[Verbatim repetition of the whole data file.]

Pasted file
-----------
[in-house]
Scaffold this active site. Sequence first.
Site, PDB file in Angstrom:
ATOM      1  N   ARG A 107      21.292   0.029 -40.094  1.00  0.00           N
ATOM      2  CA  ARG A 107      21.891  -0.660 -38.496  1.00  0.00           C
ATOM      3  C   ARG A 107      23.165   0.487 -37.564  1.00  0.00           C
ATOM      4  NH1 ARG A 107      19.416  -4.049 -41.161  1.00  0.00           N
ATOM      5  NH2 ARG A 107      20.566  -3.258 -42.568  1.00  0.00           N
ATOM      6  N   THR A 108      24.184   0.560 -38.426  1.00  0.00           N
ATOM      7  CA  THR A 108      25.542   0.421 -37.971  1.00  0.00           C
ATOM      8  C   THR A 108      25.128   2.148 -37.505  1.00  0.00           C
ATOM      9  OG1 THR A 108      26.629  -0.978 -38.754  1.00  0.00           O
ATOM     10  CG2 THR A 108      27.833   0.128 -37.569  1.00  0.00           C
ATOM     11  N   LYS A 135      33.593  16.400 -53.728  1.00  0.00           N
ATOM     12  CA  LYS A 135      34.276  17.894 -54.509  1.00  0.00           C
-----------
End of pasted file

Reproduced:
[in-house]
Scaffold this active site. Sequence first.
Site, PDB file in Angstrom:
ATOM      1  N   ARG A 107      21.292   0.029 -40.094  1.00  0.00           N
ATOM      2  CA  ARG A 107      21.891  -0.660 -38.496  1.00  0.00           C
ATOM      3  C   ARG A 107      23.165   0.487 -37.564  1.00  0.00           C
ATOM      4  NH1 ARG A 107      19.416  -4.049 -41.161  1.00  0.00           N
ATOM      5  NH2 ARG A 107      20.566  -3.258 -42.568  1.00  0.00           N
ATOM      6  N   THR A 108      24.184   0.560 -38.426  1.00  0.00           N
ATOM      7  CA  THR A 108      25.542   0.421 -37.971  1.00  0.00           C
ATOM      8  C   THR A 108      25.128   2.148 -37.505  1.00  0.00           C
ATOM      9  OG1 THR A 108      26.629  -0.978 -38.754  1.00  0.00           O
ATOM     10  CG2 THR A 108      27.833   0.128 -37.569  1.00  0.00           C
ATOM     11  N   LYS A 135      33.593  16.400 -53.728  1.00  0.00           N
ATOM     12  CA  LYS A 135      34.276  17.894 -54.509  1.00  0.00           C